Prickly Moses: Poems
Princeton University Press, US$19.95 pb, 57 pp
Too often poetry is valued as if it were prose, exclusively by virtue of its subject matter. Such discussions miss the poetry itself, which my wife calls ‘the speech that brings us to silence’, a kind of accuracy beggaring what we say about it. Simon West is a poet who understands this distinction. His essays collected in Dear Muses? (2019) explore ‘the uneasy way my allegiances lie with my language as much as they do with the places in which I dwell’. He knows how complicated such terms as language and place must be, so his landscapes – particularly riverine Victoria and Italy – never seem limitations. ‘The task of the poet is to scrutinize the actual world.’ I read him for the pleasures of both world and word.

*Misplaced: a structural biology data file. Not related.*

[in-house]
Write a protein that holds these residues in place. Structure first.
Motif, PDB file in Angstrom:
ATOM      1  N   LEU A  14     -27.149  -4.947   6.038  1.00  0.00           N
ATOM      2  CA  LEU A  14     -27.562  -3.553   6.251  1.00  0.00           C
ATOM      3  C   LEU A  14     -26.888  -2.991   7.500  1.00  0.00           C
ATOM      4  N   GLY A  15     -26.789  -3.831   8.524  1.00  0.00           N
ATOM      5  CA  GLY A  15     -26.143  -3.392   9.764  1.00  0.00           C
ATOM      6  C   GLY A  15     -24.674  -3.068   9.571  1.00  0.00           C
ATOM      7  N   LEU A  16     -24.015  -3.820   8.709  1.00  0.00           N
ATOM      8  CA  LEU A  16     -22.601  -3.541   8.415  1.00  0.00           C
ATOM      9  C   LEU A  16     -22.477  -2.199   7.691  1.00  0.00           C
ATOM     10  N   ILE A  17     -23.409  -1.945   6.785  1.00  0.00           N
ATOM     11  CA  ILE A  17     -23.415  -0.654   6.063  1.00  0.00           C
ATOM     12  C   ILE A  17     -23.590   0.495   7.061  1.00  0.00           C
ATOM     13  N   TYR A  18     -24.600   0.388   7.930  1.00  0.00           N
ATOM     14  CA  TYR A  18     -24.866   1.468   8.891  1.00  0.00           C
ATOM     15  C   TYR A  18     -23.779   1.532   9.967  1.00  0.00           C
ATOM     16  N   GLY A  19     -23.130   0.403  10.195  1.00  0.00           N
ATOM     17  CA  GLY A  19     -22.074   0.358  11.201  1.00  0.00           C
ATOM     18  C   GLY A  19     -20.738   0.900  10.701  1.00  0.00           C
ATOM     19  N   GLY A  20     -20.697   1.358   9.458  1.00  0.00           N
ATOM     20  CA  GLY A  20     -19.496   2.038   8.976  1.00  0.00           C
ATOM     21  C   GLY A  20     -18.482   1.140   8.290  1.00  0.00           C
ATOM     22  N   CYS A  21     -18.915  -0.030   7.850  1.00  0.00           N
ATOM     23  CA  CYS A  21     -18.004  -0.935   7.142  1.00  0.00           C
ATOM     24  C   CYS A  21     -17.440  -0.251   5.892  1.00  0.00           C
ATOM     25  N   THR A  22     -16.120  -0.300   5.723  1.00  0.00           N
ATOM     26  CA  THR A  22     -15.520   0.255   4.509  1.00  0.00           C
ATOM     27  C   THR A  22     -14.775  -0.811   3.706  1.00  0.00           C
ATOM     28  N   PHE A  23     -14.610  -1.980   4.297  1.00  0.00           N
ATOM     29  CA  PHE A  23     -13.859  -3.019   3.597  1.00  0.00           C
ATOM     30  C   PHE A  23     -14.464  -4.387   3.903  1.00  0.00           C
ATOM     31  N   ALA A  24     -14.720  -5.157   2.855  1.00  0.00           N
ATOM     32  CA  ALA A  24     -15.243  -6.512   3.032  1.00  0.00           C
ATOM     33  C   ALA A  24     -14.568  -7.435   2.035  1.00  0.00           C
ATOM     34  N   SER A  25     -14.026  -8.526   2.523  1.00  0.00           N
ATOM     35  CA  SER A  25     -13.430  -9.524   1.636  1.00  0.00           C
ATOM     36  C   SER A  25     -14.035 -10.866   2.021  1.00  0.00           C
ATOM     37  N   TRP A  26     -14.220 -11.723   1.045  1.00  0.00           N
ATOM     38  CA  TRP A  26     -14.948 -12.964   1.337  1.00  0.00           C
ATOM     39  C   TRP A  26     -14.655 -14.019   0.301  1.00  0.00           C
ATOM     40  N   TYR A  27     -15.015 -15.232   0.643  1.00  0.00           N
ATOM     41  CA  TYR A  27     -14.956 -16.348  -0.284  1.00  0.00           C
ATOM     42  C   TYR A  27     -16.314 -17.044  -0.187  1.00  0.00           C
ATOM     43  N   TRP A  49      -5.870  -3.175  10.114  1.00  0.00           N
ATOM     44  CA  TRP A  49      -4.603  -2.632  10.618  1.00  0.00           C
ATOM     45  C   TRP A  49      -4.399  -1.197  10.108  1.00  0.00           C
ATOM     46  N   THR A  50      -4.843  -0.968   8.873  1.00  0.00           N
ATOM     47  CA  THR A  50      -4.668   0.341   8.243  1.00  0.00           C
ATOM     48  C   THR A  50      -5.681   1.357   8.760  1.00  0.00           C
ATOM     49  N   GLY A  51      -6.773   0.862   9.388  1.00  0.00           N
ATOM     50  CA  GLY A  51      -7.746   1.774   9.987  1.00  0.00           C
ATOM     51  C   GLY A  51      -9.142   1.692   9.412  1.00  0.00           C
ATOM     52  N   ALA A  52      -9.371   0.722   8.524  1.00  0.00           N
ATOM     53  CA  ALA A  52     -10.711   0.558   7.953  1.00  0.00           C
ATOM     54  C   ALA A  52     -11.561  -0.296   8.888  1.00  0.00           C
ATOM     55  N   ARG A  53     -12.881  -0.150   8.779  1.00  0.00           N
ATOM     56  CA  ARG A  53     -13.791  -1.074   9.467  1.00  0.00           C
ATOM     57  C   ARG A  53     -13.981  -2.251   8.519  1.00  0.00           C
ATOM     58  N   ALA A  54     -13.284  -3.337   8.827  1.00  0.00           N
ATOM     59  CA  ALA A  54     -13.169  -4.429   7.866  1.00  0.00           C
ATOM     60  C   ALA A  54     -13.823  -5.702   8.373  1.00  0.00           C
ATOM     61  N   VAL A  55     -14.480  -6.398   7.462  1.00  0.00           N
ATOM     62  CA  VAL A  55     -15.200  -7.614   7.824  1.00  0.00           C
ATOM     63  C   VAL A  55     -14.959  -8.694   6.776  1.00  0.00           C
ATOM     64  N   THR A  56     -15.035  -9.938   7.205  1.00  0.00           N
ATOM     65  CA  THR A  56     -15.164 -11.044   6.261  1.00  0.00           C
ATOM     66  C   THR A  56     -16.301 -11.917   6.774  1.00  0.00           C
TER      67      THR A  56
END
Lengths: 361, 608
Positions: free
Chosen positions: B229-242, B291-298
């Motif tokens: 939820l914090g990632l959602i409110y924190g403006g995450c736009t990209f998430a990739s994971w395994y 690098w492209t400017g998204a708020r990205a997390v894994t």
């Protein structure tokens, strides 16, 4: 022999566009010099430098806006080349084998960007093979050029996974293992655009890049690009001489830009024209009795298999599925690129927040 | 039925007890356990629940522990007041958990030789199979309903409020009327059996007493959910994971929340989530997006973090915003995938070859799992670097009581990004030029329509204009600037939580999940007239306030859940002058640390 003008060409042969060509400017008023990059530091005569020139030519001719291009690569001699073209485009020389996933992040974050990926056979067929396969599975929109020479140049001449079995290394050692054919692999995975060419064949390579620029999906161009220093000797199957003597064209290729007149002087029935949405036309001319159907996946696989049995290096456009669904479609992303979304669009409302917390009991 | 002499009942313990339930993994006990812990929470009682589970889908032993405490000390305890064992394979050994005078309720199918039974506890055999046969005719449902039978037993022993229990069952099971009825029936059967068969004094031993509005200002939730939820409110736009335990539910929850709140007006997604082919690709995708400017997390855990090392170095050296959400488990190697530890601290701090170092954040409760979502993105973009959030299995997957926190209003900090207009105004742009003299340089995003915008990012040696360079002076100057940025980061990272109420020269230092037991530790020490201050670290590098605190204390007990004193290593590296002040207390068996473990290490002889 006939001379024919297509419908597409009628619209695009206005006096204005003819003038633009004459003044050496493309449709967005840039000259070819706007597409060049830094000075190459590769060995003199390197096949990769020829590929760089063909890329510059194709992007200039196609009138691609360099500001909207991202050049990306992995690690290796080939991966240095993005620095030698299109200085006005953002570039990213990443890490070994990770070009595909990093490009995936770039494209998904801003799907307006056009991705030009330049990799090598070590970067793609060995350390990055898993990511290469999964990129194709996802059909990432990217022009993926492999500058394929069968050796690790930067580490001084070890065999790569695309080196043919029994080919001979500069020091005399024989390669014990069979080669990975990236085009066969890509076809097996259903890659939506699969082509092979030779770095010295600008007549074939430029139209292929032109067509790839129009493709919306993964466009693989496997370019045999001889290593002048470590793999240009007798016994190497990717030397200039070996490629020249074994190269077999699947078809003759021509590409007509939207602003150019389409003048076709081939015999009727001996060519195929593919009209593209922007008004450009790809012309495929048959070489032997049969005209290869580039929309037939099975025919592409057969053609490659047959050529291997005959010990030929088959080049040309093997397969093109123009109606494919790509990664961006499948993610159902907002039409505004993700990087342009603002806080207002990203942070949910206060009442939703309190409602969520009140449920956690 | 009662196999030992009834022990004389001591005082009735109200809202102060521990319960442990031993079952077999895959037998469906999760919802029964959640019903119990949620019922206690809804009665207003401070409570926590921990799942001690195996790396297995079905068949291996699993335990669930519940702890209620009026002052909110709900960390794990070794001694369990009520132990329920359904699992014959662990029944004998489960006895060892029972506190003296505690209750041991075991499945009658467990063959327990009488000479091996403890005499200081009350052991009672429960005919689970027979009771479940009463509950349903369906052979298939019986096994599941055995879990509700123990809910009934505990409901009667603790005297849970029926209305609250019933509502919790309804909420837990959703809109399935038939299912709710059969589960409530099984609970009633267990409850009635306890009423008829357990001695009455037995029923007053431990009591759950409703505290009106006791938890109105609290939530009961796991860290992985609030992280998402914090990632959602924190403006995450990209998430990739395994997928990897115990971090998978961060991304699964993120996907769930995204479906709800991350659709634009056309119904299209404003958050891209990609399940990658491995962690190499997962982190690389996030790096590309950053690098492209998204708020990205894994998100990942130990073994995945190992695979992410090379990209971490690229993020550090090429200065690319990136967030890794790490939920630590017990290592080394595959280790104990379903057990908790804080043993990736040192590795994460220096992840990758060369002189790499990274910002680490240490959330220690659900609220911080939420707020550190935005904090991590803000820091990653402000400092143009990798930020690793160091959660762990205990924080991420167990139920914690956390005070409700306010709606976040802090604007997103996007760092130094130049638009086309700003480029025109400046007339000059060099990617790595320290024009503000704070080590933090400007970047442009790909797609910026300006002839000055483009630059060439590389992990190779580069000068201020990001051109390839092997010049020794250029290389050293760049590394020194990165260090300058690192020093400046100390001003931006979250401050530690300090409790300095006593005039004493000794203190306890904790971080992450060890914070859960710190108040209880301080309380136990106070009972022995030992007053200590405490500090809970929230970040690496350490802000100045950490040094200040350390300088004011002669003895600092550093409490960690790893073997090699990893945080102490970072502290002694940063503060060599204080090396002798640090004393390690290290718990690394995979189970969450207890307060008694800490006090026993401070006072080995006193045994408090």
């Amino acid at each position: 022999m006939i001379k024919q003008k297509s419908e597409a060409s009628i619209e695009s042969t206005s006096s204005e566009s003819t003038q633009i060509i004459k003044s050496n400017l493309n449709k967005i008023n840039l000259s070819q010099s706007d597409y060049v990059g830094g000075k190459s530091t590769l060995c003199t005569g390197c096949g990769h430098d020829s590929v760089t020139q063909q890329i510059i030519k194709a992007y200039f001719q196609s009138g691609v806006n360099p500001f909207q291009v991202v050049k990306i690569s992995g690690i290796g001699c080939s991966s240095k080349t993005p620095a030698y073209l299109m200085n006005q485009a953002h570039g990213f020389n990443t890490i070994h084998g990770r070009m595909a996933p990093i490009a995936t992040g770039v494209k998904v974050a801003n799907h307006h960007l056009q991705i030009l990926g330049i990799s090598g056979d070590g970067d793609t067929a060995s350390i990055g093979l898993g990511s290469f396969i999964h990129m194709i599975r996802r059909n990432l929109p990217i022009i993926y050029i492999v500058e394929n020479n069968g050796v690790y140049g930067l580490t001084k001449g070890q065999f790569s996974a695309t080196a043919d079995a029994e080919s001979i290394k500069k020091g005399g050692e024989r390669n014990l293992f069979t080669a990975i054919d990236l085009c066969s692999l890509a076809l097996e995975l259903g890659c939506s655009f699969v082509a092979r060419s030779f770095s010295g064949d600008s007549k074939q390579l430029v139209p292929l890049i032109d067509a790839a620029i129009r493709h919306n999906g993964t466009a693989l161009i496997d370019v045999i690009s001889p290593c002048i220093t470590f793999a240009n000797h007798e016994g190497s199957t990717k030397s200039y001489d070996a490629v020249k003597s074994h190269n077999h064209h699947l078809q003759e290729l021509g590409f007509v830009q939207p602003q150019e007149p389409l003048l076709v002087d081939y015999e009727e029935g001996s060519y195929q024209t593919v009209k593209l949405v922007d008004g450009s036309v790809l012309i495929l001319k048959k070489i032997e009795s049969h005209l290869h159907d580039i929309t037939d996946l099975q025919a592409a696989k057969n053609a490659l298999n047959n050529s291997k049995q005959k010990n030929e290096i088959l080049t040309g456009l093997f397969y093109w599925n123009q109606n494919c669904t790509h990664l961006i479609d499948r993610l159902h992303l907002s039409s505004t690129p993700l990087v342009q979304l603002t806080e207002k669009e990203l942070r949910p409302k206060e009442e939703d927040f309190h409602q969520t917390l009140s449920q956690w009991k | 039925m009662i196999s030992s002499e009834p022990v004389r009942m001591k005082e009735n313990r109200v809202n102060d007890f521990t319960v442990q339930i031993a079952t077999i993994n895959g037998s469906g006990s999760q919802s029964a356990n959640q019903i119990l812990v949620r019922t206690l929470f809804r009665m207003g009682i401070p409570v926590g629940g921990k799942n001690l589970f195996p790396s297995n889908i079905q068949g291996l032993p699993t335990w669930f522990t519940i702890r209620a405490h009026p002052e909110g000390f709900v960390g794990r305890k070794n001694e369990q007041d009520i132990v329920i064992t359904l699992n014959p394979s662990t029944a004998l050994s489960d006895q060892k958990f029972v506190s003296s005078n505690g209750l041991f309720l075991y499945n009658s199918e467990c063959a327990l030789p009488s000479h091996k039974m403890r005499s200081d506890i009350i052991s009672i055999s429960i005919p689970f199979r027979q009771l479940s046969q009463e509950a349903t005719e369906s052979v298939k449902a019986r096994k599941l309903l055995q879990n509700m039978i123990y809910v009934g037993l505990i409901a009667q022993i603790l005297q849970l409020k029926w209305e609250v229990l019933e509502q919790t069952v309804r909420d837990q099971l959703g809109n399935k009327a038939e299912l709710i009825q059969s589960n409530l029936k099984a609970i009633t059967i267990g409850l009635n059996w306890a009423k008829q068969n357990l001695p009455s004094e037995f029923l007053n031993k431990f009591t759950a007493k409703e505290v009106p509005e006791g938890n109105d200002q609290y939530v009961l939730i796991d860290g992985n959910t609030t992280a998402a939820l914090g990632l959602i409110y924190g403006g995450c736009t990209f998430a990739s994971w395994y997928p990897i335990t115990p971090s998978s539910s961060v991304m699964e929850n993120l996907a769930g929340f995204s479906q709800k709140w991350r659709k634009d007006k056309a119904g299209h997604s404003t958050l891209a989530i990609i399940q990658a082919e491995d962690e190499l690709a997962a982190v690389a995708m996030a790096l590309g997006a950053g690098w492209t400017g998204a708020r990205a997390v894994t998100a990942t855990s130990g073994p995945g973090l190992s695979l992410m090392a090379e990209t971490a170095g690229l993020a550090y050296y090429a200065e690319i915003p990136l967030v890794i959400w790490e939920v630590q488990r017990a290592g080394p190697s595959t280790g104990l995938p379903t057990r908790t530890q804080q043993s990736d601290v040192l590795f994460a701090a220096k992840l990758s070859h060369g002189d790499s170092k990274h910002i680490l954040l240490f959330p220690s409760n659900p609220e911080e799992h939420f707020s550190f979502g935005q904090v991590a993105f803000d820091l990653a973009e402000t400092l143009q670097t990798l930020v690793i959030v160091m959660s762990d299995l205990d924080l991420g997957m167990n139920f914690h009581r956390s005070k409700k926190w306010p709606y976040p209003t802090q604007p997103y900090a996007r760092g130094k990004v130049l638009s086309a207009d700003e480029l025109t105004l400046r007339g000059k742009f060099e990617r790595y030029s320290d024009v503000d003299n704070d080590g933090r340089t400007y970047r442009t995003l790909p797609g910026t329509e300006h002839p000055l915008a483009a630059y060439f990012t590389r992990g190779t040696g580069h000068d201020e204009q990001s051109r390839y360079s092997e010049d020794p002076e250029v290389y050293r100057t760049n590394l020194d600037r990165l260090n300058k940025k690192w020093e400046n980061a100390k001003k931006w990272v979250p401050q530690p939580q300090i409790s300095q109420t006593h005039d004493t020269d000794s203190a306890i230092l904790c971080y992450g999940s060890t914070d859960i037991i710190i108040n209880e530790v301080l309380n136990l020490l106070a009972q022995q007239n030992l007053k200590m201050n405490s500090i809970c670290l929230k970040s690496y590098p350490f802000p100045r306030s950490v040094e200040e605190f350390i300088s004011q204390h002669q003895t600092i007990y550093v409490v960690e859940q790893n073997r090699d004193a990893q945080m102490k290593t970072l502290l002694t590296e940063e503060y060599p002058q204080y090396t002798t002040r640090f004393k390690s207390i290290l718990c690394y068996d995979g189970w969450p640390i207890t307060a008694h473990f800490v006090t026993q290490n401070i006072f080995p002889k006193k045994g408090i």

West is by any measure an important poet. His third collection, The Ladder (2015), was shortlisted for the Prime Minister’s Literary Awards. His fourth, Carol and Ahoy (2018), signalled a change of emphasis in his writing, more openly acknowledging that poetry, as he put it in an interview, helps us ‘to make sense of ourselves and the world’. Without seeming the least bit confessional, his new book, published in the United States, confirms and deepens this ambition by its scrupulous seeing as well as by the accuracy and grace of its lines. If West is a nature poet, he is an unsentimental one. ‘Nature is that which does not flatter man or heed his self-importance,’ he has written, and Prickly Moses is as much about noticing, paying attention, as anything else. It is a poetics of patience. Stay with it, as the poet stays with his apparently common subjects, and you will be rewarded.